One of the most insightful analysis of what is happening comes from Microsoft, and while they clearly have a Teams-centred tech view of of the digital workspace, they are also an organisation of 166,000 people across the world. Over the last two years I have seen at first hand how they are rapidly embracing a new work style, physical and virtual, not just where, but why and how their people approach work.

Microsoft’s Hybrid Work report has key messages including “leaders are out of touch … productivity masks exhaustion … GenZ most at risk … authenticity drives well-being … innovation in danger … talent is everywhere”.

Creating the hybrid post-pandemic workspace

Different organisations are responding differently – partly because they have different types of tasks and cultures – but qually depending on how enlightened they are, or at least their leaders. NTT’s workplace intelligence report found that 31% of companies are implementing additional creative thinking spaces, while 30% will provide more meeting places and 27% will reduce individual desk space.

Turning the office into a digitally enabled, collaboration-first environment will be critical to enabling a hybrid workforce. As companies seek to create a safe, collaborative, and efficient space for their employees, we have observed a few common practices:

  • Smart meeting rooms: spaces that enable employees to easily collaborate with their remote colleagues, often include video-conferencing capabilities, smart whiteboards (eg Miro), mobile-friendly office management applications, and virtual collaboration hardware such as 360-degree cameras.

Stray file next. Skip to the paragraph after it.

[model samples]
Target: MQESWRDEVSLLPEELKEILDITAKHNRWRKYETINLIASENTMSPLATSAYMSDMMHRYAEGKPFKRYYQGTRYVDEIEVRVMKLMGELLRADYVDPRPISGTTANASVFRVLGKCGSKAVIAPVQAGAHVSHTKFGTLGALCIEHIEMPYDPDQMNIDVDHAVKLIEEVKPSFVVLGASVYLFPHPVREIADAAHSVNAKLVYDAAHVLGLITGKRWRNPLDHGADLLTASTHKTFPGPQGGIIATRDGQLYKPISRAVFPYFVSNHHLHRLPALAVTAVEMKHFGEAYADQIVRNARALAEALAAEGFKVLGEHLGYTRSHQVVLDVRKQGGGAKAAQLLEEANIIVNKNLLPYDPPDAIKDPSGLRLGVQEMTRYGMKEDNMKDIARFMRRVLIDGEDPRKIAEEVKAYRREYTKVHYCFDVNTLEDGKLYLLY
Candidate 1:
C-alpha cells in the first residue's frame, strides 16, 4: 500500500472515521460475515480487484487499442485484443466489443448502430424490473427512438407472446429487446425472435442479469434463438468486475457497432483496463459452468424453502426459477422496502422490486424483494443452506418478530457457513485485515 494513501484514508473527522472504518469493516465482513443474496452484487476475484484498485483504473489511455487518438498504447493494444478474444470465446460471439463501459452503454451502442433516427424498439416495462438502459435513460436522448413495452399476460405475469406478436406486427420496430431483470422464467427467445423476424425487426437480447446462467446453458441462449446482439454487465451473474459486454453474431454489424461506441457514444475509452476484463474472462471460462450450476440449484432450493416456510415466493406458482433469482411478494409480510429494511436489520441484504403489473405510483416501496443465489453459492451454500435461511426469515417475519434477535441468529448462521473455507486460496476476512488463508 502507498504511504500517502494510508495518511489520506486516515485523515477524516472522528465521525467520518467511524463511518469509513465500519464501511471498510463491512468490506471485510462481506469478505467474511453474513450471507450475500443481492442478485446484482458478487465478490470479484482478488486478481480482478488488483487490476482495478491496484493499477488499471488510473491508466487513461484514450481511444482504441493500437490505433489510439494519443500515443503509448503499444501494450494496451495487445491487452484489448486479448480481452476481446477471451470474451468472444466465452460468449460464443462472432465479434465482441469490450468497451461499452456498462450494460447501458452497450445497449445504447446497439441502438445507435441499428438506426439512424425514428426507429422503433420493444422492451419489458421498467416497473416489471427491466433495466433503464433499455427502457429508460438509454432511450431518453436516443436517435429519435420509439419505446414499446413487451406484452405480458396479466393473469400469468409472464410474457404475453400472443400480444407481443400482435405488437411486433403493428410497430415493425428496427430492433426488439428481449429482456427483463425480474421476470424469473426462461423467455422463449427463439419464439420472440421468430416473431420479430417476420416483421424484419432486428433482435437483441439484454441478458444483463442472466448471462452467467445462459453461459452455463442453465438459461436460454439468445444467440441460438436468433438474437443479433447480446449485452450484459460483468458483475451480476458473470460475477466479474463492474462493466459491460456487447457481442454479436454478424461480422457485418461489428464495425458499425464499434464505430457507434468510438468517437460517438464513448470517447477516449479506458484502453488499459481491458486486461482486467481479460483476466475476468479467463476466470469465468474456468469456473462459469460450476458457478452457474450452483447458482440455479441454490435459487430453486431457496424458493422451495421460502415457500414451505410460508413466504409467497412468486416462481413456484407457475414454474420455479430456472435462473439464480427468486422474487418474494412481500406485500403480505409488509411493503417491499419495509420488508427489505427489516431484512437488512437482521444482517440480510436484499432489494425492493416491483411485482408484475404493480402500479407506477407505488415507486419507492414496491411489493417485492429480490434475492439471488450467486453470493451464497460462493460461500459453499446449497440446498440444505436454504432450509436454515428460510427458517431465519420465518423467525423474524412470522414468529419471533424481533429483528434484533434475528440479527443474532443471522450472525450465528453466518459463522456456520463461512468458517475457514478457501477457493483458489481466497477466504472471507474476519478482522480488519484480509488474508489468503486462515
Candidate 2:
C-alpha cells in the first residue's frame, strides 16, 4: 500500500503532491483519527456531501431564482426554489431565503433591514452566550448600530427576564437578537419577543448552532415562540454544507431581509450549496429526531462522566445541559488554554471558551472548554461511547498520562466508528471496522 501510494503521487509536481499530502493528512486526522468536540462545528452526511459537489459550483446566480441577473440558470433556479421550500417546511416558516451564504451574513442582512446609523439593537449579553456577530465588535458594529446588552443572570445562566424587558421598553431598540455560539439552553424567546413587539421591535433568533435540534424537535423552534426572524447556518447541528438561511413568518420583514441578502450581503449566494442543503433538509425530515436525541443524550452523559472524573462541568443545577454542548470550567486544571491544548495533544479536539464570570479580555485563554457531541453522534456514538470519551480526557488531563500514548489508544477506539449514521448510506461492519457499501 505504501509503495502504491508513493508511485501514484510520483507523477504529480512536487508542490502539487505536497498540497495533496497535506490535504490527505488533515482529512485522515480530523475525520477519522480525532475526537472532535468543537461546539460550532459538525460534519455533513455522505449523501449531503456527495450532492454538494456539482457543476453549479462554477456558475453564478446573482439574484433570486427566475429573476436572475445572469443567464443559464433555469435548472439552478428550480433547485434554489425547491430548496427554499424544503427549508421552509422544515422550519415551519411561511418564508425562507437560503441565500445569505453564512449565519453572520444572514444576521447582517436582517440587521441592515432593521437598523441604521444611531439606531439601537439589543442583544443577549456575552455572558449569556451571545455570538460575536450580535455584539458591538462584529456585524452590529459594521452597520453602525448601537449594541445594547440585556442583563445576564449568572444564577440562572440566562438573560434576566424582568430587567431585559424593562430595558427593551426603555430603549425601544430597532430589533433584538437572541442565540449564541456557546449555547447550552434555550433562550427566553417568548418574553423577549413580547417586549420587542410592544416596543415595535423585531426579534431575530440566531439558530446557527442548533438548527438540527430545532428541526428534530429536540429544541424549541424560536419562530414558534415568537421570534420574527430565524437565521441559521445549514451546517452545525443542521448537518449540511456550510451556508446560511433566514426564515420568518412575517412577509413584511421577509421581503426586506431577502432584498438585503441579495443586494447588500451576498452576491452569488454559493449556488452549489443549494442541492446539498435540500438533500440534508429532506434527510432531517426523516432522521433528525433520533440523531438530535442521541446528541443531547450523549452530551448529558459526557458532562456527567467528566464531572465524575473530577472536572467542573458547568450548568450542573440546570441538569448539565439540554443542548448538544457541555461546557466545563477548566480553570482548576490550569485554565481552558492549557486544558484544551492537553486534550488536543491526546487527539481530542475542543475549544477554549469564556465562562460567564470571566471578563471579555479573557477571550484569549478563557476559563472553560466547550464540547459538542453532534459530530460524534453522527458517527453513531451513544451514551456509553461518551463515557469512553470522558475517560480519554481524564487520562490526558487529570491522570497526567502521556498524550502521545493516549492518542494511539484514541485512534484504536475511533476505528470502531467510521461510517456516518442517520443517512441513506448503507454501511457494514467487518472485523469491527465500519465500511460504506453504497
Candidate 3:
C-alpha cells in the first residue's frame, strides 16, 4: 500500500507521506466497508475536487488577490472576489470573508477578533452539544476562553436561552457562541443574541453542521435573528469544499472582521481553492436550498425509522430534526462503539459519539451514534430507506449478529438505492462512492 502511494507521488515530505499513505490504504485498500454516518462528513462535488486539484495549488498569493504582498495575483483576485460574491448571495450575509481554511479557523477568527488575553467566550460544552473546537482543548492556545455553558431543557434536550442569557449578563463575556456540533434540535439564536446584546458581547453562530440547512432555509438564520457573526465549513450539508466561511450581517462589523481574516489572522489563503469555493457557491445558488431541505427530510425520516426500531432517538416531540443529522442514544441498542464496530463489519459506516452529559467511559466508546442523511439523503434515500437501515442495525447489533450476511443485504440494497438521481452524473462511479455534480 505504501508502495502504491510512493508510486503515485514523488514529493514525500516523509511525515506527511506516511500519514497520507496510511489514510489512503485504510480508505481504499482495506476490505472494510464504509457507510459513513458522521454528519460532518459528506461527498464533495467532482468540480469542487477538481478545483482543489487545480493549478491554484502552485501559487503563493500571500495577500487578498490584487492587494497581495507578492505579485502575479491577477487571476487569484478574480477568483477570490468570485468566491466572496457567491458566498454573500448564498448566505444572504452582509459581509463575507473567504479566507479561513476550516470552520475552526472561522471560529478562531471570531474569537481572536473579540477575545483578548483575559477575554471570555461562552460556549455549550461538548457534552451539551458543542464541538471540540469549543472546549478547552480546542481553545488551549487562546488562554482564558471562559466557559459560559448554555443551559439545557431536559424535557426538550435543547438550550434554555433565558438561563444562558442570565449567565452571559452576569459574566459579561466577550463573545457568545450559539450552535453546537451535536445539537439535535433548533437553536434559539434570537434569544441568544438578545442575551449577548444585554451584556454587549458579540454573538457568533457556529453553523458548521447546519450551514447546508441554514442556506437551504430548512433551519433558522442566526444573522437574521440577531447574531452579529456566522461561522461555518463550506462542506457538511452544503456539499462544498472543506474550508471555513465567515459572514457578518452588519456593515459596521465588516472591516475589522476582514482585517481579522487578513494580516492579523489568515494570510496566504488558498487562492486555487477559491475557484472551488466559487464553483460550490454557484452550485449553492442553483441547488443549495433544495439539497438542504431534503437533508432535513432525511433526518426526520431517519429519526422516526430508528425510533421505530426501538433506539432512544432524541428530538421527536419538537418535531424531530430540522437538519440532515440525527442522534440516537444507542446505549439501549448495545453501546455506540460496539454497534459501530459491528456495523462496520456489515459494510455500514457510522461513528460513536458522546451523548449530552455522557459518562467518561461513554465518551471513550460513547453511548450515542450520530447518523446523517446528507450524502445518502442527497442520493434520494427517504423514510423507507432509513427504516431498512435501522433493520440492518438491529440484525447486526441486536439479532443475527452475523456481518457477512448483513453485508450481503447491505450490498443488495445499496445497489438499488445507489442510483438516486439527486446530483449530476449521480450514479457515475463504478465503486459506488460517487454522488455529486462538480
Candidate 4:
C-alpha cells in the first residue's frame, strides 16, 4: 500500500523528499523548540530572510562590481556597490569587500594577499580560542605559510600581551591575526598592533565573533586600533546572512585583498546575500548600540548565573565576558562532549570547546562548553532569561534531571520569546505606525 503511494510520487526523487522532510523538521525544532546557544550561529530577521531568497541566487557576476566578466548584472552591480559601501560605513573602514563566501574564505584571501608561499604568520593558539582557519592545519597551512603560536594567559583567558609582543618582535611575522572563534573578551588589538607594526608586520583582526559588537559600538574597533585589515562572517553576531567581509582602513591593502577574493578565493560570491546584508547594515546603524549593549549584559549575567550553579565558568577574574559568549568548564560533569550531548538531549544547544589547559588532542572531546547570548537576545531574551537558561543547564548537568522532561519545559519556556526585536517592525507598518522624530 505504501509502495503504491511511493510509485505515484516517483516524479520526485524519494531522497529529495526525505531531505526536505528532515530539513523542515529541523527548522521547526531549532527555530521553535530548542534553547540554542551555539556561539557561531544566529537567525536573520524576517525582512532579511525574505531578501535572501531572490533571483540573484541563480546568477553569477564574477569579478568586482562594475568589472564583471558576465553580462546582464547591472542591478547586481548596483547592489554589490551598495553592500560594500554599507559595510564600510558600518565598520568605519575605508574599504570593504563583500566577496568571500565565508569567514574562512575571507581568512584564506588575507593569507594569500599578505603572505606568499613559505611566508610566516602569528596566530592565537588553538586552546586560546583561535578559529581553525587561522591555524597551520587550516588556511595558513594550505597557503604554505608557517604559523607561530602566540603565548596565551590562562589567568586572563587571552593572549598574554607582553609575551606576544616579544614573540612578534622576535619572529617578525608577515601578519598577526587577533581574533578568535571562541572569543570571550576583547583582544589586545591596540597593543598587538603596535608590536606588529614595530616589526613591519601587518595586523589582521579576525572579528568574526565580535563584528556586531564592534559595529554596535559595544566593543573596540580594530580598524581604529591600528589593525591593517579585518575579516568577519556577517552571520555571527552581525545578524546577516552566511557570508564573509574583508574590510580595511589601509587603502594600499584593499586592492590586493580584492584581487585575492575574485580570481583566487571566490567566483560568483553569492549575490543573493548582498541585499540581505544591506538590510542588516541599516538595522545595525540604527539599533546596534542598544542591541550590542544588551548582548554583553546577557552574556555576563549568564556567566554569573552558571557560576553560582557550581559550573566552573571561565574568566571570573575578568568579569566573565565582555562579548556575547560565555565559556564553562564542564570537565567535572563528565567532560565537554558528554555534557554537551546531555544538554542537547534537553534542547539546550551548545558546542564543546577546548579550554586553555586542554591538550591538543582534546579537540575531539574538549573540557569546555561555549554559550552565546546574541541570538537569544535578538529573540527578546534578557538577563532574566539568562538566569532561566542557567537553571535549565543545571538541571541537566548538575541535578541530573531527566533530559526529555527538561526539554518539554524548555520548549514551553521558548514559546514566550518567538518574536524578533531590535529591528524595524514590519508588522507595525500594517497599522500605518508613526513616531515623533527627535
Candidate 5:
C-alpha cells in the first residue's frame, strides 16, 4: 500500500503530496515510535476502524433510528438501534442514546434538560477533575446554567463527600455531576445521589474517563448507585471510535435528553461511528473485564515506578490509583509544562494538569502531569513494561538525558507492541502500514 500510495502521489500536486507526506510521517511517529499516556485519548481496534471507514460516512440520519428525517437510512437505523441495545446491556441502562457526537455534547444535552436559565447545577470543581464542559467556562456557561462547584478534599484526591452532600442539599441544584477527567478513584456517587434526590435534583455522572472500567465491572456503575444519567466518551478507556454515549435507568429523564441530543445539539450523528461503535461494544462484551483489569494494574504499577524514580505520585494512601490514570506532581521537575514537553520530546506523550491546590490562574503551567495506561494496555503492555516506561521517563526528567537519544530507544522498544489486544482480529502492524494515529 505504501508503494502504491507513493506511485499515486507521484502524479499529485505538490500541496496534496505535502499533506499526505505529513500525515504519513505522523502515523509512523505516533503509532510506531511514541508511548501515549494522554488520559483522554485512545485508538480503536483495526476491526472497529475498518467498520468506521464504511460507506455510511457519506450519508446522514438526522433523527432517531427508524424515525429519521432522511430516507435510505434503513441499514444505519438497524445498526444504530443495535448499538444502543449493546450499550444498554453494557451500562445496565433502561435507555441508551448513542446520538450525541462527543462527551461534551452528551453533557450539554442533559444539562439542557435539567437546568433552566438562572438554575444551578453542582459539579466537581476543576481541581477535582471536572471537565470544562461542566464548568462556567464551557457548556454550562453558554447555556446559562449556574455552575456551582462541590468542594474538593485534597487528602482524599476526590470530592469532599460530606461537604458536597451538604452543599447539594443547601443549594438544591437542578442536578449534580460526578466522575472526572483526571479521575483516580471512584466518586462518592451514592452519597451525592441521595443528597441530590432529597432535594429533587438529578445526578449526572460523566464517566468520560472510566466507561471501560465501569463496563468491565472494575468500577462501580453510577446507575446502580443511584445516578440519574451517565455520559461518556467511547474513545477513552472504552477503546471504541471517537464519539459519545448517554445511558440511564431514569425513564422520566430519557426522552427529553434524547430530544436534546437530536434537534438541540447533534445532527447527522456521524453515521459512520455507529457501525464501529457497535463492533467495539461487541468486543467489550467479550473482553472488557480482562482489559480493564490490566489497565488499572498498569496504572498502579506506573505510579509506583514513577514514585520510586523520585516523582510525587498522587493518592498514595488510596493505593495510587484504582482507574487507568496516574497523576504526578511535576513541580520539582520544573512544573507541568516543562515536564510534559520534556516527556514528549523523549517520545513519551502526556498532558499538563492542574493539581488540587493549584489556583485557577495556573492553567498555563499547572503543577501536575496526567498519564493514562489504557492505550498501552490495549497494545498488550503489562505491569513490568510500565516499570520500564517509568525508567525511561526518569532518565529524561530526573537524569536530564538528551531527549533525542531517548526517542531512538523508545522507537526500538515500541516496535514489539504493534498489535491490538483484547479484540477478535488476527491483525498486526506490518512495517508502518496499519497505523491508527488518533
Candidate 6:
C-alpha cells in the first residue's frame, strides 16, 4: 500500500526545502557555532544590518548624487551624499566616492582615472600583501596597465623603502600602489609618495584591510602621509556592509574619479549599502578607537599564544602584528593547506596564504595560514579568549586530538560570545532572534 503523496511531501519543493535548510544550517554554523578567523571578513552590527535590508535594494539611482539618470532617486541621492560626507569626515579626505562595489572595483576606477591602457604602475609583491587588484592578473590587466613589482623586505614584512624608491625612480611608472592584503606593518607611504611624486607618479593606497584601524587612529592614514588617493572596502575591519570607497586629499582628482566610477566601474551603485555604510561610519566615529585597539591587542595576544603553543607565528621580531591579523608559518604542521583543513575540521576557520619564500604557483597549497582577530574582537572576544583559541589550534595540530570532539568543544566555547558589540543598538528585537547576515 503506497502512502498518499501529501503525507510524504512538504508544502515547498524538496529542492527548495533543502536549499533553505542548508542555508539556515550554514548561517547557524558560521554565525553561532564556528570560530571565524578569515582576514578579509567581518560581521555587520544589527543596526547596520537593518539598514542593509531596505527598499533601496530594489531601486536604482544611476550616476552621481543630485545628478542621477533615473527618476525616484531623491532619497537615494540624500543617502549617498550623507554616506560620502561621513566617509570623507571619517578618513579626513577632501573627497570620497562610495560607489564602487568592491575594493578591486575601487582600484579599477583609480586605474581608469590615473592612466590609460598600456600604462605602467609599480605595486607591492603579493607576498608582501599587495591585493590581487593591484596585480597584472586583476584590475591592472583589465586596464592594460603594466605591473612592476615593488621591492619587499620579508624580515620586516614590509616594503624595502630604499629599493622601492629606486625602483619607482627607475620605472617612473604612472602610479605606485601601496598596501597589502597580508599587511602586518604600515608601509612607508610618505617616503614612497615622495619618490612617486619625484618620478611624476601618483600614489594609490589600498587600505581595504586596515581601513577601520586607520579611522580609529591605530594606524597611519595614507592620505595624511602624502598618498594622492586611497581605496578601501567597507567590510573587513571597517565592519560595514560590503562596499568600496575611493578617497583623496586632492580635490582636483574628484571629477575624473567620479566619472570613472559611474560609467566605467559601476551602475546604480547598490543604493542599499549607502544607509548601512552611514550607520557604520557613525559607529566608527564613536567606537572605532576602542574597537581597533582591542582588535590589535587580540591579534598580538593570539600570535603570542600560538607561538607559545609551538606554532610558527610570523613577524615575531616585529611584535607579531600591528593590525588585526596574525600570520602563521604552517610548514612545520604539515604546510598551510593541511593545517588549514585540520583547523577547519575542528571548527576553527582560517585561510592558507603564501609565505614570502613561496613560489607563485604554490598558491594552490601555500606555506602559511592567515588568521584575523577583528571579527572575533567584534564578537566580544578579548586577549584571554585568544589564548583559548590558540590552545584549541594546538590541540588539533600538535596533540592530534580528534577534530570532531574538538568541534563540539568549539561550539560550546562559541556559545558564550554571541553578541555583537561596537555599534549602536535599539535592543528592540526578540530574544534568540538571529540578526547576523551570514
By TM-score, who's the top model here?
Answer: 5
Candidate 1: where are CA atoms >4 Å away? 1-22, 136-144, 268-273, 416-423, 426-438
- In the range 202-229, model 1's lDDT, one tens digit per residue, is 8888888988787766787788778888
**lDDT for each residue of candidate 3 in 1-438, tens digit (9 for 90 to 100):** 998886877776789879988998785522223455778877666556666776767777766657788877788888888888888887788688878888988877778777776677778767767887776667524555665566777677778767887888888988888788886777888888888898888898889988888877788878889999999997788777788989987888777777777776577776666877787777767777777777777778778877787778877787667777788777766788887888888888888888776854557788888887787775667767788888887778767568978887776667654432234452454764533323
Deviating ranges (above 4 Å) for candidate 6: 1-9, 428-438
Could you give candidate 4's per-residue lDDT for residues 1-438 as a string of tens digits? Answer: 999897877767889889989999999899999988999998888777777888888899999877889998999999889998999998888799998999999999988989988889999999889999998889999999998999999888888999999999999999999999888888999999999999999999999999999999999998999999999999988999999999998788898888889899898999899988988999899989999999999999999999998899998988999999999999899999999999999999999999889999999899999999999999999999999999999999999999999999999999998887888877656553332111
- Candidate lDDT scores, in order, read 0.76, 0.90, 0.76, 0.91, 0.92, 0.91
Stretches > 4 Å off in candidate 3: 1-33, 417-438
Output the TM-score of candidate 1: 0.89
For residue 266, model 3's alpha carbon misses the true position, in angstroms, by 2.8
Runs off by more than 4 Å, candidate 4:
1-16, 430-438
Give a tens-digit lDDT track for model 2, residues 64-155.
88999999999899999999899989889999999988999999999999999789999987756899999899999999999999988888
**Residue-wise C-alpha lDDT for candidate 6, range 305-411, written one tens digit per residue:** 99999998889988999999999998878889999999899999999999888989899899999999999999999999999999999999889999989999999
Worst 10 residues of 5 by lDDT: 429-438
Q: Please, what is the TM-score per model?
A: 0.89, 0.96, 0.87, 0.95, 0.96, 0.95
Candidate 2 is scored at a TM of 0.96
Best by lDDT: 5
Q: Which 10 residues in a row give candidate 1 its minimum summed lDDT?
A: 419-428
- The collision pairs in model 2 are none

• Portable work kit: network technology will need to evolve to support employees constantly on the move between the home and office and third spaces (clients, coffee shops, virtual hubs), meaning a new focus on what tools are needed to support a mobile, connected and productive workforce.
  • Touchdown space: beyond hot desk, a shared space to plug in and work, eg second monitors widely accessible in those desk spaces  can enable employees to move to and from the office while maintaining equal levels of productivity, to work open plan on large tables to encourage informal collaboration and socialising.
  • Activity zones: huddle rooms for one-on-one meetings, phone booths for calls, larger conference spaces and separate, project enclaves to build virtual teams, movable desks and even walls, to create more activity-based spaces while balancing the need for privacy.